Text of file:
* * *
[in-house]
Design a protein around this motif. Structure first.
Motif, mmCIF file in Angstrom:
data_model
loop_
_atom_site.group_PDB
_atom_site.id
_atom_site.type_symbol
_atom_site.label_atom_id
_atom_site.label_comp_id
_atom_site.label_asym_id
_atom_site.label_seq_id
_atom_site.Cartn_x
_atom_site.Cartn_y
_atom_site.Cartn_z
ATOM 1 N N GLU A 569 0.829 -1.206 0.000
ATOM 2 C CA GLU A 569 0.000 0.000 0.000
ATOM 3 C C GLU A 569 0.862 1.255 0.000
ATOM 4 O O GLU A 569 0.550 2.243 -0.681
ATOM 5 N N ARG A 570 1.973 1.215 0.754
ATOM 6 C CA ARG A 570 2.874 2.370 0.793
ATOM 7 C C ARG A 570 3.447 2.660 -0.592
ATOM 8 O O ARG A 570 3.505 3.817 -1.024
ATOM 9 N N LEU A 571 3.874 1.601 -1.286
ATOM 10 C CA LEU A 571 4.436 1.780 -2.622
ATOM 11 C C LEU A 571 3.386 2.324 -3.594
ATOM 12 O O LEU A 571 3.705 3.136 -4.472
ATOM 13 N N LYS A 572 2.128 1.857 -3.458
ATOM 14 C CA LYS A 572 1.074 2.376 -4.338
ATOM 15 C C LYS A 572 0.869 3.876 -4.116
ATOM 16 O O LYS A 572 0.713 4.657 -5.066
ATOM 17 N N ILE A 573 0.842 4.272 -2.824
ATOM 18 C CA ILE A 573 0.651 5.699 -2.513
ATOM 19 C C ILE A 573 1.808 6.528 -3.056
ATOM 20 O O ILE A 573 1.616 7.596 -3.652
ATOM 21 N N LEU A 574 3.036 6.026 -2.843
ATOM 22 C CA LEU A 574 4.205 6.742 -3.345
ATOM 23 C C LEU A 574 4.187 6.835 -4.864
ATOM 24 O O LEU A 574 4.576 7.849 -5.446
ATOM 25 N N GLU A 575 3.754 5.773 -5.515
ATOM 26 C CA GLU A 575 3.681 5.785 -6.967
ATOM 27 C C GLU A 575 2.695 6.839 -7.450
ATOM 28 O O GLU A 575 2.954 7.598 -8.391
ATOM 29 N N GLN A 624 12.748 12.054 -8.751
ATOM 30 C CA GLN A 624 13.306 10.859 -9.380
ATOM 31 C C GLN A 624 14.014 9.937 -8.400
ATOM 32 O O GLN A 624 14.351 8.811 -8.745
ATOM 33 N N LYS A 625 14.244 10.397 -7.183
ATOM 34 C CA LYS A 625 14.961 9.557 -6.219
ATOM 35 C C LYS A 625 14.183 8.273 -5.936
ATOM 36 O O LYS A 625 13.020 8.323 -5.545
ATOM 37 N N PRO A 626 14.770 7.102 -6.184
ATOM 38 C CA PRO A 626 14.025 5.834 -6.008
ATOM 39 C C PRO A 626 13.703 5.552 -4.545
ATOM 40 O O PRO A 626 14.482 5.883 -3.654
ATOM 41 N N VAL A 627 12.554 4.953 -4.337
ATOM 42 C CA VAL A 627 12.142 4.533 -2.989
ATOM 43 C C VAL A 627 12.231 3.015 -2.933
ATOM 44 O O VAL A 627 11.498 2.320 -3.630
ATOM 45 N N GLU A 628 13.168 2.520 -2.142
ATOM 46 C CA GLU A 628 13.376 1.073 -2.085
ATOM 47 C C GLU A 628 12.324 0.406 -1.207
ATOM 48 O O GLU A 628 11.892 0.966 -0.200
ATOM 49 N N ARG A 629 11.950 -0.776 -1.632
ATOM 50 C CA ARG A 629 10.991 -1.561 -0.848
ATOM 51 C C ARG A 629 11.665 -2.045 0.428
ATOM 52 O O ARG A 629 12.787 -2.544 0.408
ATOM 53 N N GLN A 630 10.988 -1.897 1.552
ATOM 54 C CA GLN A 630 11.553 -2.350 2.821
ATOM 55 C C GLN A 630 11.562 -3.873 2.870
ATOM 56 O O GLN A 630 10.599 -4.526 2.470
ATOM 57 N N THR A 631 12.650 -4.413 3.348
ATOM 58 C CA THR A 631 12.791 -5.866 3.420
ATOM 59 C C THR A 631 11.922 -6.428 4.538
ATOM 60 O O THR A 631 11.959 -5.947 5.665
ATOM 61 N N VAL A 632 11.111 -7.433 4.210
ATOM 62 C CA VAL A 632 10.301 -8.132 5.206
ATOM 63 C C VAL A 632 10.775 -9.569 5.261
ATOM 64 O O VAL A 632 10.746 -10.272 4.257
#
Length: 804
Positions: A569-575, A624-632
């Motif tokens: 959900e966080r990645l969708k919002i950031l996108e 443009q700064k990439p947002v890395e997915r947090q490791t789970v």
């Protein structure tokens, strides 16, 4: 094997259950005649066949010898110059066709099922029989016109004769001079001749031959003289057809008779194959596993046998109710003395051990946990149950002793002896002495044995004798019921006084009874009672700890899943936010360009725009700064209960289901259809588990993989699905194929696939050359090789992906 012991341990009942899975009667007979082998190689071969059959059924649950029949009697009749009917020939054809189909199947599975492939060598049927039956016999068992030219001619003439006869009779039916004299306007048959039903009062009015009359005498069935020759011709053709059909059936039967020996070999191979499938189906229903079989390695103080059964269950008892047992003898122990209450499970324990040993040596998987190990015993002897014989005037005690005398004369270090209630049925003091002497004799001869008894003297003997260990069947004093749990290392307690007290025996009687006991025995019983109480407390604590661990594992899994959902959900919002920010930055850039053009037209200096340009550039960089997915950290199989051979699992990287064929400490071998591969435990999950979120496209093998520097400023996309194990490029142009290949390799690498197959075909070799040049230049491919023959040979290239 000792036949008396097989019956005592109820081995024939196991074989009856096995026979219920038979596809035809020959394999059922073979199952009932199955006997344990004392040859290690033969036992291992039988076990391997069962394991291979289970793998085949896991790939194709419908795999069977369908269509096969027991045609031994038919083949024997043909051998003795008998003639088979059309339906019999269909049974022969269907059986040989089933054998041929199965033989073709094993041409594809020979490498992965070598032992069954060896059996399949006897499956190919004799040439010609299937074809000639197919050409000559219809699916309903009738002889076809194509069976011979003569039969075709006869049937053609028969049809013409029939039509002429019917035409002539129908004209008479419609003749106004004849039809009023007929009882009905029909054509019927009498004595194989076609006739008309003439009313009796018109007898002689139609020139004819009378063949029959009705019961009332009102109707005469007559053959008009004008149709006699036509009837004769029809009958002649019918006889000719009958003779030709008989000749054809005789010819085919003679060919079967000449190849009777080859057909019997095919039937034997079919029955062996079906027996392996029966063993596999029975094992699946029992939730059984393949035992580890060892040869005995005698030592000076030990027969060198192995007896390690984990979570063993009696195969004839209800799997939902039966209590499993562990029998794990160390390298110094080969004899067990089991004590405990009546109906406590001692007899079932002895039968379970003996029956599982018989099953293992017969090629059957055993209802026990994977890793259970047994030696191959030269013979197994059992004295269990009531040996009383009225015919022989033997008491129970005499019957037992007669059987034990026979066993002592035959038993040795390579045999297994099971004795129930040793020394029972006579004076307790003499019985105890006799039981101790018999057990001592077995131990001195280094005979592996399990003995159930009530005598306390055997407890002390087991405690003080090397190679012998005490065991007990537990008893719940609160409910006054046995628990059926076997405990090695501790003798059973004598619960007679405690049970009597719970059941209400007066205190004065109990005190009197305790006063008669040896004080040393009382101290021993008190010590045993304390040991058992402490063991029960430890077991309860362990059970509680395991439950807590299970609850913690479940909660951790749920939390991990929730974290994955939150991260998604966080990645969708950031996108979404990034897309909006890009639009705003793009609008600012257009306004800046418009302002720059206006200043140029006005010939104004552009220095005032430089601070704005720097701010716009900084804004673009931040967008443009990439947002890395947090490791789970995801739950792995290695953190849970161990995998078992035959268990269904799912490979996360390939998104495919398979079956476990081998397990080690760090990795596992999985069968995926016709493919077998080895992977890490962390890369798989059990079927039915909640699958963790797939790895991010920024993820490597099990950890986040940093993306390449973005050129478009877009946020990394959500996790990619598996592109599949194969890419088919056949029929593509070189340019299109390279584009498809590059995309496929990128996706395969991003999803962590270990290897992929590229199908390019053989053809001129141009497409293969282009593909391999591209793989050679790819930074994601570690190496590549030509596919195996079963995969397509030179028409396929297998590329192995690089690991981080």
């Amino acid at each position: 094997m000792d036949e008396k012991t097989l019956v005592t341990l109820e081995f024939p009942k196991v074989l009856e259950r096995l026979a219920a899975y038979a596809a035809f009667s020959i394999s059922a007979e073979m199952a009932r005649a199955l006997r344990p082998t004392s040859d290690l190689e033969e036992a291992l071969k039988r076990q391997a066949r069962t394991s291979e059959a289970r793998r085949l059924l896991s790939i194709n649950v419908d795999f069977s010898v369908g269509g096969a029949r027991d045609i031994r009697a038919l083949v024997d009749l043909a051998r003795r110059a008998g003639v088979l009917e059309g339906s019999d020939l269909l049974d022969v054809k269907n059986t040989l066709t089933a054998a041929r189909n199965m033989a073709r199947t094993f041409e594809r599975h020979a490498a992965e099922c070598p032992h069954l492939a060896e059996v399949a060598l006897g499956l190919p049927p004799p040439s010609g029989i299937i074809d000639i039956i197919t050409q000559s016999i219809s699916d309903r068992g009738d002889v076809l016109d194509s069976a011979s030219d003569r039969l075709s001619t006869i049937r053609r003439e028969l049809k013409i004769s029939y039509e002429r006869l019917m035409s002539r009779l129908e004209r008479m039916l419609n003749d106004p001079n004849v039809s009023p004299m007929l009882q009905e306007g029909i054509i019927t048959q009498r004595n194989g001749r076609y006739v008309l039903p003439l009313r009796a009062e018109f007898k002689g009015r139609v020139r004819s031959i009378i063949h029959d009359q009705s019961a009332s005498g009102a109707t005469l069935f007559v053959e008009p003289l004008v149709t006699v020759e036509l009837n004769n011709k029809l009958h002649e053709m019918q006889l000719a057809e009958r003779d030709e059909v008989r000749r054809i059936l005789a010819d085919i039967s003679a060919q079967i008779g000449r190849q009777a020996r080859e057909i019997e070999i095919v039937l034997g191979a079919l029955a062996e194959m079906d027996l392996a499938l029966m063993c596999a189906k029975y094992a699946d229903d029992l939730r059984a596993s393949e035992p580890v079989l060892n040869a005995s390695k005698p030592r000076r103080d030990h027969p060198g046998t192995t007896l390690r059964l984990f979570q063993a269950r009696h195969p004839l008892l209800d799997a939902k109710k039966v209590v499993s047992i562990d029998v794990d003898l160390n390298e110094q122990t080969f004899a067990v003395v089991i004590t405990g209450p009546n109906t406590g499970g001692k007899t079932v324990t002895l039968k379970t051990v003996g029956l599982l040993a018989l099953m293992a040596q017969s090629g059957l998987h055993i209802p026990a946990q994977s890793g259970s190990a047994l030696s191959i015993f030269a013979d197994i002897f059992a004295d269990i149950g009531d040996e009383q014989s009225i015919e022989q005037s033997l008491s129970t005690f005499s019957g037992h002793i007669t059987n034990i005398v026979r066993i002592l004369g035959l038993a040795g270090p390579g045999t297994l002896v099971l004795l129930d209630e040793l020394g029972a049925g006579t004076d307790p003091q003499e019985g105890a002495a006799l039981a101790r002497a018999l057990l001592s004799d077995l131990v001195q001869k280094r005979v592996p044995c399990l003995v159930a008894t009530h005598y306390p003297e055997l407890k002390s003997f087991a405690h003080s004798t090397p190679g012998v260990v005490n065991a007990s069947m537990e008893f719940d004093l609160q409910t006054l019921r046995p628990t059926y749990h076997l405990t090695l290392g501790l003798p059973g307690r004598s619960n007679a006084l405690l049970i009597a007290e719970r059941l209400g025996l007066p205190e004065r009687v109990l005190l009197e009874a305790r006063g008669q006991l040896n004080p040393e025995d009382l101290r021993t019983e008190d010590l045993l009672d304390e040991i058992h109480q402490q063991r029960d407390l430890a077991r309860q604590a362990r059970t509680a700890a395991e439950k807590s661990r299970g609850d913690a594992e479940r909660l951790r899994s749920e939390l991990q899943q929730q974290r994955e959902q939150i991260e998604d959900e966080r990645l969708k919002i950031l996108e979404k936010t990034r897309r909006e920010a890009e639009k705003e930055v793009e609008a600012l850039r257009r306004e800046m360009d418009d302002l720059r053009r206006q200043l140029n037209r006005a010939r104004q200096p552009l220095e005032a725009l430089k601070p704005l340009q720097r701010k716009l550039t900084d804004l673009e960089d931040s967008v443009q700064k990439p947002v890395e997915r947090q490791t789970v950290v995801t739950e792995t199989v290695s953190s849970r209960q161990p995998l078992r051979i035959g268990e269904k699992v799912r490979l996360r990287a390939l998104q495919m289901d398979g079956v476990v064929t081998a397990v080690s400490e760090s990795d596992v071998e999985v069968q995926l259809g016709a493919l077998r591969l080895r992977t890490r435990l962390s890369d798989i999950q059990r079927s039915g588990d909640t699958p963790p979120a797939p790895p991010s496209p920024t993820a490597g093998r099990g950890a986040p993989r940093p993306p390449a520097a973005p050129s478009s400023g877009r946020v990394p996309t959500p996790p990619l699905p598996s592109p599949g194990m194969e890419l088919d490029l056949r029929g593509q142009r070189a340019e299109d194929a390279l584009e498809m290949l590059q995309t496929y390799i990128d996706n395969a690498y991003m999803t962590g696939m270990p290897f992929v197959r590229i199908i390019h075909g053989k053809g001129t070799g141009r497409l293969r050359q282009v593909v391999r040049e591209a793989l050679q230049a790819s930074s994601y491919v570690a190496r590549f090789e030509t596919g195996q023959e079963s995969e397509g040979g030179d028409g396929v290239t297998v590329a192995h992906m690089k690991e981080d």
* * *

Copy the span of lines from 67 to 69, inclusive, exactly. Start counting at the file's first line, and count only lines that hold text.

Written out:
ATOM 52 O O ARG A 629 12.787 -2.544 0.408
ATOM 53 N N GLN A 630 10.988 -1.897 1.552
ATOM 54 C CA GLN A 630 11.553 -2.350 2.821